The individuals who fall into the previous categories make up approximately 37% of our society, according to the latest census numbers. In addition, it is projected that in five years, more than half of all children in the United States will be from a minority background. It's important to understand the unique health issues and challenges facing minority families and individuals in order to create a healthcare system that better benefits us as a nation.

What types of issues affect minorities?

While minorities may face the same health and wellness issues as any other group, some issues can be of particular concern. For example:

Tobacco use
Vaccines and immunizations
Injury and violence prevention and control

How can you participate in Minority Health Month?

Host an event
Take part in an event
Encourage others to participate in one of the many events being held throughout the month
Share the information discovered

A week-by-week look at Minority Health Month:

The Center for Disease Control (CDC) has named this Minority Health Month “Prevention is Power: Taking Action for Health Equity.” Below is a weekly breakdown of topics that will be covered.

1. Kick off week
2. Transforming Health
3. Strengthen the Nation’s Health and Human Services Workforce
4. Advance the Health, Safety, and Well-Being of the American People
5. Advance Scientific Knowledge and innovation

Where can you find events?

Check out this site for a calendar of events in your area. From health screenings and wellness fairs, to conferences and workshops, there's something for everyone to take part in, regardless of your age or background.

Nothing is more important than the health and well-being of your family. So take part in Minority Health Month, and take advantage of the information, research, and programs available during this time!

Live Healthy. Live Smart.

Tuesday, April 14, 2015

Help Your Children Excel in School!

The Common Core State Standards Initiative is an educational reform that instituted high, common standards for all students at each grade level, raising expectations for school systems across the country. While that’s a good move in the long term, adapting to new standards and helping your children keep up can be challenging. Here's what you should know about Common Core so you can help in the effort to raise more successful students.

What are Common Core Standards?

The Common Core Standards were designed to make sure every student is prepared for success after high school.  The standards apply to English and language arts as well as mathematics. Visit the Common Core site to learn more.

What are STEM classes and how do they relate to Common Core?

STEM stands for Science, Technology, Engineering, and Math. There's been an increased focus on STEM classes in today’s classroom. Experts believe STEM classes provide better preparation for higher learning. In addition, there are more jobs related to these fields and STEM education produces a better quality student overall.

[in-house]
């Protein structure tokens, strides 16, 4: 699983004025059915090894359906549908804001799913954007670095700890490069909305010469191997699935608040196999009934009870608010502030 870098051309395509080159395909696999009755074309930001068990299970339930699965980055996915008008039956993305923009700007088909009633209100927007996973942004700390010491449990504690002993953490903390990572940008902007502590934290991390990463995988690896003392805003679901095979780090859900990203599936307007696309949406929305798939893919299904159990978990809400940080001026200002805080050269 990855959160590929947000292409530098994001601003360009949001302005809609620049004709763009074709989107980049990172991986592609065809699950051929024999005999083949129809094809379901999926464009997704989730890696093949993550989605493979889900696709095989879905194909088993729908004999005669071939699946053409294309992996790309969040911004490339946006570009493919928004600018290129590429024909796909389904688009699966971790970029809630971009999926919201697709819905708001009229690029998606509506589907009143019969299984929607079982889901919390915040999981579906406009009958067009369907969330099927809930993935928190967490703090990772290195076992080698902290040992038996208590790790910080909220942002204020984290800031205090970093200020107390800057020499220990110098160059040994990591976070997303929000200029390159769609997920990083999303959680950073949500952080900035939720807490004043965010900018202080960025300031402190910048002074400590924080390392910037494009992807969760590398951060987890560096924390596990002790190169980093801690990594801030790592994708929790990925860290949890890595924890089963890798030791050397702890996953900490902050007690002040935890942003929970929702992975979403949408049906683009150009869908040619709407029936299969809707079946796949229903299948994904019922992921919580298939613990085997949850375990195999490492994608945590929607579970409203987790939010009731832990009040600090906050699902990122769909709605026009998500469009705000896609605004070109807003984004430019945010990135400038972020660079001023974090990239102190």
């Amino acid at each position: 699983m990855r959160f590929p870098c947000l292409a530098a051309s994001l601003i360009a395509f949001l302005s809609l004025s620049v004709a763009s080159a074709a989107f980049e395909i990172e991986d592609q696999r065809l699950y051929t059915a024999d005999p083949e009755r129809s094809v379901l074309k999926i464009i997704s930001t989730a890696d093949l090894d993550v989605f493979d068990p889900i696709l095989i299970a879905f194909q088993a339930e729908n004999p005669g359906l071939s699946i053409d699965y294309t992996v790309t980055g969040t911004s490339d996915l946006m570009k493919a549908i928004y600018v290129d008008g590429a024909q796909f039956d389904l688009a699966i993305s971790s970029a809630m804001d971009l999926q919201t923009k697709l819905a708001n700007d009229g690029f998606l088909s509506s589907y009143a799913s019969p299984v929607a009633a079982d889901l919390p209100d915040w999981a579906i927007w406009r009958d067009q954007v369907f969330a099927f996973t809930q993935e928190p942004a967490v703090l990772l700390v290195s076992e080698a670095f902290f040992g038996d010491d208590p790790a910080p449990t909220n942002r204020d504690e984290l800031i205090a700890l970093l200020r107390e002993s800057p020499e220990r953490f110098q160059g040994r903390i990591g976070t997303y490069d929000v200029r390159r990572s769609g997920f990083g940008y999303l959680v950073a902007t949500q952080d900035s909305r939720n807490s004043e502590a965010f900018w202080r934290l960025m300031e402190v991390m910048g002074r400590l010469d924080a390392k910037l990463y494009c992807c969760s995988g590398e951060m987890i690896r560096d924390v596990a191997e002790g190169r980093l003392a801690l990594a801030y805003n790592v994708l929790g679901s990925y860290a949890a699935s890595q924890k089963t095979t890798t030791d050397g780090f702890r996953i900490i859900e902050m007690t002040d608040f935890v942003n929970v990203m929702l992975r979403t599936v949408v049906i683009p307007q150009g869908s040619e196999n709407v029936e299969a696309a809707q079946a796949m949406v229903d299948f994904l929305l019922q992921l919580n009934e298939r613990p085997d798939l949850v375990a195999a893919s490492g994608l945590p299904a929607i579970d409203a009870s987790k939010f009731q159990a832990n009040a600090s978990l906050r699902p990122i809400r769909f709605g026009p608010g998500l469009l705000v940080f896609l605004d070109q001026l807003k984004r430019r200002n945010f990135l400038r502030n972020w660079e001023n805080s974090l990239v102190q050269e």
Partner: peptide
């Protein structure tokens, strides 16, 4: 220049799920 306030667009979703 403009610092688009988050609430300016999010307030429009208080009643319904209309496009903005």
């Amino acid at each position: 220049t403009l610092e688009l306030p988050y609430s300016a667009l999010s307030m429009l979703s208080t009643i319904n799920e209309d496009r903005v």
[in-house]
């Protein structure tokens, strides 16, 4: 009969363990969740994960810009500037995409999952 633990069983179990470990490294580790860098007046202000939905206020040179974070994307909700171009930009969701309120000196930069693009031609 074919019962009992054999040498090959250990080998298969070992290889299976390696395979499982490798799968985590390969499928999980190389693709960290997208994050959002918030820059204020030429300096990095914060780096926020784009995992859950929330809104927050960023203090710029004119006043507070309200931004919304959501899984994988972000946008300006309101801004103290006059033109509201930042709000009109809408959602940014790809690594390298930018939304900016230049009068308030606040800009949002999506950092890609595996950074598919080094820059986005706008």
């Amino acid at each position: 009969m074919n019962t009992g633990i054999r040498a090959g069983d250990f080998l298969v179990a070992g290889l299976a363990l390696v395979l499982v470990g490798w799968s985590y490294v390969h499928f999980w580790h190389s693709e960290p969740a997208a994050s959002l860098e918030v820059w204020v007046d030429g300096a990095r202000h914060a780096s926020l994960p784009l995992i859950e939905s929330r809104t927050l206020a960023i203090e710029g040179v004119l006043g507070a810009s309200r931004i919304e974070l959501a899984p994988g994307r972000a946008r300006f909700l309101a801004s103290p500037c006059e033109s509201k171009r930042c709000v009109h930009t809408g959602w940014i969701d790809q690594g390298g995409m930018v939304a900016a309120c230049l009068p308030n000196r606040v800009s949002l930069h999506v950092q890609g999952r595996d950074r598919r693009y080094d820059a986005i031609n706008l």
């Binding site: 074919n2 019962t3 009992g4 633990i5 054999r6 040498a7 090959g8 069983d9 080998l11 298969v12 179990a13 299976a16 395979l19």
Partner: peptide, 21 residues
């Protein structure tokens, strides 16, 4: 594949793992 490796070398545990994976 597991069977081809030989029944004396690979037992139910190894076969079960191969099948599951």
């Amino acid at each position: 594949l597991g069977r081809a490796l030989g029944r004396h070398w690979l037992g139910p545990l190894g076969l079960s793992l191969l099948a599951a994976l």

What role do the arts play in today’s classroom?

A number of recent studies have demonstrated the need for arts education in addition to the STEM curriculum, leading to proposals to change the name to “STEAM.” Visual and performing arts are noted for:

  • Increasing the overall quality of the student
  • Boosting the student's aptitude for problem solving, which supports the STEM curriculum
  • Improving critical thinking skills

What do you need to know about effective learning?

Students learn in a variety of ways, including:

  • Reading new information
  • Writing notes regarding what’s discussed
  • Seeing the information, such as on a board or computer screen, or in a book
  • Hearing the information recited by a teacher or instructor

Studies show the most successful students understand how they best learn new information. With the help of teachers and parents, students can find the tools that make learning most effective and enjoyable.

How can you help with your child’s learning?

  • Encourage problem solving and critical thinking at home through games, mind teasers, and exercises.
  • Support activities such as art, dance, theater, and other endeavors that encourage creativity.
  • Demonstrate the importance of ongoing education yourself by reading, researching, and pursuing other educational endeavors. Children learn best by example.
  • Don’t forget to exercise! A recent Swedish study showed that an increase in physical activity led to an improvement in school performance.
What are some STEM programs and activities?

There are many exciting STEM initiatives right now:

  • Virtual Environment Interactions (VEnvl): Students control the movement of virtual characters in a video-like setting, blending choreography and computational skills in a learning environment. Check out this study for more information.
  • The Children’s Museum of Houston has developed an afterschool program named A'STEAM that provides students with activity kits designed to build Common Core skills. The program has expanded to operate in 16 sites throughout the greater Houston area. You can read more about the program here.
  • The Girl Scouts of America conducts the Girls in STEM program, and are helping to promote the STEM curriculum through various badges and activities.
Even if you’ve been out of the classroom for years, you can still help your child be successful in their scholastic career. By staying informed regarding curriculum changes, and getting involved in the educational process, you can play a vital role in building successful students.

Live Healthy. Live Smart.